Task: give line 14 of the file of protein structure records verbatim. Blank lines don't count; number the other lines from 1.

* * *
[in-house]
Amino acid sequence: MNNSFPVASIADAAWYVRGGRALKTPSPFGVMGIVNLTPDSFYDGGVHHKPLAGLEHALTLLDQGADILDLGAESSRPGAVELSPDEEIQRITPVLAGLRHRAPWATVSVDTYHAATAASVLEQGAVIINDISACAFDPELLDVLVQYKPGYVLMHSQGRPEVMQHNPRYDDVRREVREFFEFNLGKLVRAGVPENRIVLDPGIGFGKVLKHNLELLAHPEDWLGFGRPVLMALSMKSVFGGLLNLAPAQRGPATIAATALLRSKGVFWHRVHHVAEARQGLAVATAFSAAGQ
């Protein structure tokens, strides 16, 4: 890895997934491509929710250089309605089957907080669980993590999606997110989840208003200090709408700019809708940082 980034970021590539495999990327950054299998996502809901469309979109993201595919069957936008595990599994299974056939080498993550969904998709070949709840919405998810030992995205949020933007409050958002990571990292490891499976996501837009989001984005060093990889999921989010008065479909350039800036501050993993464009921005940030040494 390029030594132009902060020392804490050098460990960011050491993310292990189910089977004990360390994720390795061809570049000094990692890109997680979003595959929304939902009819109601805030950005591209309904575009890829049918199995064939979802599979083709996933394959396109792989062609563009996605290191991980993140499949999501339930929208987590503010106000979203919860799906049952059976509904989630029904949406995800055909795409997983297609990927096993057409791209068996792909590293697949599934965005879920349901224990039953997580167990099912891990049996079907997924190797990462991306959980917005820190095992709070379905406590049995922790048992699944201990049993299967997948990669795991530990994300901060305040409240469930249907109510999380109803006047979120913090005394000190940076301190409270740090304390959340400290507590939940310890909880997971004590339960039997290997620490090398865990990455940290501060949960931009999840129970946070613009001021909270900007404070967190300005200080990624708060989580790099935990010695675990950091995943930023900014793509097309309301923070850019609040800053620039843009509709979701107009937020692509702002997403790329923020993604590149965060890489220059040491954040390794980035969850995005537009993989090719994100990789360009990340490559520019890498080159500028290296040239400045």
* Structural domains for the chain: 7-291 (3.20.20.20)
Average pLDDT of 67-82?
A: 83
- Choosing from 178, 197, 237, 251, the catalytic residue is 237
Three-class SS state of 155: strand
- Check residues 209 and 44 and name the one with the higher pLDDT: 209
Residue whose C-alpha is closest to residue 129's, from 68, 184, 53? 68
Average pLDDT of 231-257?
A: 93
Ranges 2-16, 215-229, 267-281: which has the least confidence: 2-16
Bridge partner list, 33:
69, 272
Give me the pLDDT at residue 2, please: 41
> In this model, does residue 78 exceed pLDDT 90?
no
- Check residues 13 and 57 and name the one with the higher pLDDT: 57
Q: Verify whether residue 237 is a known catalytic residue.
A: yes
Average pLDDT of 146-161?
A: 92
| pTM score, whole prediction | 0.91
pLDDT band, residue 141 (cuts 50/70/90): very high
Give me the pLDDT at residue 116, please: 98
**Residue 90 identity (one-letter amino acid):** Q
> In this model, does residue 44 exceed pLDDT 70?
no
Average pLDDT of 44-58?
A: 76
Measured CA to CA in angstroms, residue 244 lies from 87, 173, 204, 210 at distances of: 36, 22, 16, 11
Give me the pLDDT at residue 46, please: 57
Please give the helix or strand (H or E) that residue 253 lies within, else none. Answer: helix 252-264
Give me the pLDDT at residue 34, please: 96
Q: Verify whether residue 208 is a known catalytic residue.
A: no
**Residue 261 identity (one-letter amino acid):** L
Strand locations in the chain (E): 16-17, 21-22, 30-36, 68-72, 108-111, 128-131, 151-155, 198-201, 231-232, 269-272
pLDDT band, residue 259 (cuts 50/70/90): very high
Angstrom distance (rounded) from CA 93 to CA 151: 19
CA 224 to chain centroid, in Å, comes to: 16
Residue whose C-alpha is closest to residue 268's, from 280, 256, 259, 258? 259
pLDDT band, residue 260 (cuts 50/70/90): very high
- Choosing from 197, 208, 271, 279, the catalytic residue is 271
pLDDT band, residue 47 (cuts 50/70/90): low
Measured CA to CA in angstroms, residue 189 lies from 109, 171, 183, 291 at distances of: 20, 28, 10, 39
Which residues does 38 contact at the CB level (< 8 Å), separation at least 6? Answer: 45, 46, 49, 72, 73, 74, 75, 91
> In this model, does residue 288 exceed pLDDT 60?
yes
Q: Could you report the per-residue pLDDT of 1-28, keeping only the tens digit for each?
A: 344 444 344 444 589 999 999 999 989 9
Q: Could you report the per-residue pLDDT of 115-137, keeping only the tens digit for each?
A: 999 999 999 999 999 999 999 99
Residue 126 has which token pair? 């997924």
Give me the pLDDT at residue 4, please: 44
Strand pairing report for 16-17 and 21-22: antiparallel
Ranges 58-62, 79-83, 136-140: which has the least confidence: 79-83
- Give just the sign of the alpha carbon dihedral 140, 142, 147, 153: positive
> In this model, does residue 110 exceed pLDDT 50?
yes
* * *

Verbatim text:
Bridge partner list, 33: